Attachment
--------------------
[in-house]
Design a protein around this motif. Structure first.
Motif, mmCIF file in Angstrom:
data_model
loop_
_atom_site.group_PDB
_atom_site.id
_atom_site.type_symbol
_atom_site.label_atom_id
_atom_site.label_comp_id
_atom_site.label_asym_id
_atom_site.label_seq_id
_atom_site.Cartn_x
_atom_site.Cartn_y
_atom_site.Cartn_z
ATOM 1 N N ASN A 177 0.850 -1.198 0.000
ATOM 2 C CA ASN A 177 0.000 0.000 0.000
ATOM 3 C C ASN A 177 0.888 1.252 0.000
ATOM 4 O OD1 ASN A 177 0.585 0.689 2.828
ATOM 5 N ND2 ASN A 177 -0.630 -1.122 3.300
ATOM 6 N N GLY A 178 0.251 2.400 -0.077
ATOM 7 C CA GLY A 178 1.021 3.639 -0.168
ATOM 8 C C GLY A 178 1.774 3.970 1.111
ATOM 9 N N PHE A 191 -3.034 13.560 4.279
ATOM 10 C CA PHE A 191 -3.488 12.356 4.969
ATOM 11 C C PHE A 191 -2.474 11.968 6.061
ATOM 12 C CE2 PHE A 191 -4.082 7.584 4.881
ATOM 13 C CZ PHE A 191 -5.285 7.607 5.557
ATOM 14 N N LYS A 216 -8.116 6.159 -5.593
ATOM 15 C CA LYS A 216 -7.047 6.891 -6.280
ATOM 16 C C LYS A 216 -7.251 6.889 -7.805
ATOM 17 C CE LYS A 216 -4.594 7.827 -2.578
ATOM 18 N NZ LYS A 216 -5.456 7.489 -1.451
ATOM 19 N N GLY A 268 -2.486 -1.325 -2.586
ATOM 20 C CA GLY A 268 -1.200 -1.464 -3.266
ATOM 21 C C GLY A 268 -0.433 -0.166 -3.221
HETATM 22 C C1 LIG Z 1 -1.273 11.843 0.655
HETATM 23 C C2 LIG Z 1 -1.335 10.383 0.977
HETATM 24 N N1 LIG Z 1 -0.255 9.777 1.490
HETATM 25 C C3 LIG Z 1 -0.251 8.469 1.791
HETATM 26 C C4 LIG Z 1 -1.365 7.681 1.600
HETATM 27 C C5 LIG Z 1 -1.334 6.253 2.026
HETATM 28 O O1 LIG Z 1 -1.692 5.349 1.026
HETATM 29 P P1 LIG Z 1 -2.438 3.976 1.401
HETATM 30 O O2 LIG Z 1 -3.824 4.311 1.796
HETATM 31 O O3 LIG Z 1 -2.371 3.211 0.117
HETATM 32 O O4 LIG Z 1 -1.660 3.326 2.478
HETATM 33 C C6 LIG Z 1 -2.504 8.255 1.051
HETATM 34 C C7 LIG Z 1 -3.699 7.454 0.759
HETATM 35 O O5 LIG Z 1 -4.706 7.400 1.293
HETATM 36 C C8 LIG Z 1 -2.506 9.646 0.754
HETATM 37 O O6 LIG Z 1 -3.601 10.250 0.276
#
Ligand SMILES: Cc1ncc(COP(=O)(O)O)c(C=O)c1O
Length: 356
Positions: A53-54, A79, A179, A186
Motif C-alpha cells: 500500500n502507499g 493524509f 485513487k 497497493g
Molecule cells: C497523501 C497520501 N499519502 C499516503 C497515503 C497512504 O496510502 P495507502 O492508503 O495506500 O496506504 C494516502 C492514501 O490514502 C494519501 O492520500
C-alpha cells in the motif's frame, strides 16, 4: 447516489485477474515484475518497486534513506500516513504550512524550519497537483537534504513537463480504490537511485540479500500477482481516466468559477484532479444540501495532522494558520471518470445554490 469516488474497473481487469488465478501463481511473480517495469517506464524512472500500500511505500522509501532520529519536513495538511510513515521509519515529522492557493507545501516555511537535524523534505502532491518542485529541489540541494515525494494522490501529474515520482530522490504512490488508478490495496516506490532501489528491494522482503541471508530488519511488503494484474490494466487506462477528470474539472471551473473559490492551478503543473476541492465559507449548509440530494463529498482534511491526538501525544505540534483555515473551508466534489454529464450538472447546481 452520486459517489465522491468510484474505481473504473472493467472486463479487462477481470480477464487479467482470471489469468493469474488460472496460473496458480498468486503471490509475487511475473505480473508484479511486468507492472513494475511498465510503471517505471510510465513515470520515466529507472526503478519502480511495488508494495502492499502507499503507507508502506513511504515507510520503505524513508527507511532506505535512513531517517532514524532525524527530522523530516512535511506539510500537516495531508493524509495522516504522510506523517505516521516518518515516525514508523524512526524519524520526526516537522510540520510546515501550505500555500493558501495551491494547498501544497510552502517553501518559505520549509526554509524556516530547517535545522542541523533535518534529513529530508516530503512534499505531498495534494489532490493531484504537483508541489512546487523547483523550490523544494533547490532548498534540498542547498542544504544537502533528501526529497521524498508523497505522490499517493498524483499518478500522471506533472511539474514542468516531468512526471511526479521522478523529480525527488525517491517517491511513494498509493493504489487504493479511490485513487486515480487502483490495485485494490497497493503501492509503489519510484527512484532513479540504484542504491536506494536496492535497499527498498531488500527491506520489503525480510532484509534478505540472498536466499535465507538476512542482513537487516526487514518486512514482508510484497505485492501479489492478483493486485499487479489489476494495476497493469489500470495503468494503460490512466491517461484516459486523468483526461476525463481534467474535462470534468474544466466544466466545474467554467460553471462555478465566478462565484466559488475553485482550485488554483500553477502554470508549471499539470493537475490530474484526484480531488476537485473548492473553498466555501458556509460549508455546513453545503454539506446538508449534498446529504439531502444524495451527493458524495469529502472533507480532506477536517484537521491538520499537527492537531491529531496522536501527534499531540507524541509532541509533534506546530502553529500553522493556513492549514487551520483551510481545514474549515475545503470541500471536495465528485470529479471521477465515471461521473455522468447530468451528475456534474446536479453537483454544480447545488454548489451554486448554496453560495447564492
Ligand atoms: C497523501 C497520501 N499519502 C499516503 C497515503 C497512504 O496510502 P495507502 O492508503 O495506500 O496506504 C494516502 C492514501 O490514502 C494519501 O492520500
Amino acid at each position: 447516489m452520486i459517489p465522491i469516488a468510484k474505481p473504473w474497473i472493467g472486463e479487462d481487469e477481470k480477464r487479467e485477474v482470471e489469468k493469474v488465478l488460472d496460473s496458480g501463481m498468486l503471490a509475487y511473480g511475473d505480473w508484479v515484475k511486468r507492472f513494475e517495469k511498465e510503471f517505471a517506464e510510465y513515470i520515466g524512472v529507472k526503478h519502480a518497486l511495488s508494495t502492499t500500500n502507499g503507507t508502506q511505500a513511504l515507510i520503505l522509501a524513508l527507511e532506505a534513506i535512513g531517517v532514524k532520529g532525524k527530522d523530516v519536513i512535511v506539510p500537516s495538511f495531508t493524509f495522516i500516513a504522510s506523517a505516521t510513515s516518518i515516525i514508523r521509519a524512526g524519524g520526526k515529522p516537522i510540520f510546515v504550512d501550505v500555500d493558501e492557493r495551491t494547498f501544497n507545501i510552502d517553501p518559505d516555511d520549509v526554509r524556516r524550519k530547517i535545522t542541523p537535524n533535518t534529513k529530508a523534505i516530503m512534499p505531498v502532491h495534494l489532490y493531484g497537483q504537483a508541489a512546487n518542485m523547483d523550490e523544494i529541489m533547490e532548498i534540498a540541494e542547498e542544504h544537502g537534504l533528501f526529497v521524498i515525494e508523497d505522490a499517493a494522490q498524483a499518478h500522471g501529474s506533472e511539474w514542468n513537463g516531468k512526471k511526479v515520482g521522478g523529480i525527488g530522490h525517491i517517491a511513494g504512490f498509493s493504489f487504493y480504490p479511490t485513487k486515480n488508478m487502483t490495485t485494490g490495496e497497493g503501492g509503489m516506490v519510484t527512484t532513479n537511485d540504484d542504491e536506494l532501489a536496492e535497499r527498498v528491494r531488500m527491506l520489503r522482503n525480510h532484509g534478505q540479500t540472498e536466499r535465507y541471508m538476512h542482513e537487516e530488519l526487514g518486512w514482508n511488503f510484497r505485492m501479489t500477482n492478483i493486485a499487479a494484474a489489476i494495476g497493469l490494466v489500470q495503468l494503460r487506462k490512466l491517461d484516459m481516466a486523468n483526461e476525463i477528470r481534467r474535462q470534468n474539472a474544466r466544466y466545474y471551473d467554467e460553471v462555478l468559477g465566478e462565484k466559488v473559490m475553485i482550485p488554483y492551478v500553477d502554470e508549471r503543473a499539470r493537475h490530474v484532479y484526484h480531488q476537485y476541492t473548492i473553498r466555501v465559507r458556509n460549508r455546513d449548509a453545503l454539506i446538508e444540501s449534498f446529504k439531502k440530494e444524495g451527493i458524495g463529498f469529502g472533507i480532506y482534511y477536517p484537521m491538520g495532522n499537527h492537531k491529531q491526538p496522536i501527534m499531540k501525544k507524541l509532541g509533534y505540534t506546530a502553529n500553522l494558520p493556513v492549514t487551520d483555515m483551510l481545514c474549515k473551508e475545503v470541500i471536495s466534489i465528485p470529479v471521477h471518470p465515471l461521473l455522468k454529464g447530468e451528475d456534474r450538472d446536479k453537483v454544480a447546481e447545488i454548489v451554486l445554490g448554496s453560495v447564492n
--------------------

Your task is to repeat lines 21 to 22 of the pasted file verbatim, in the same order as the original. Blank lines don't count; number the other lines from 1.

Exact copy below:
ATOM 6 N N GLY A 178 0.251 2.400 -0.077
ATOM 7 C CA GLY A 178 1.021 3.639 -0.168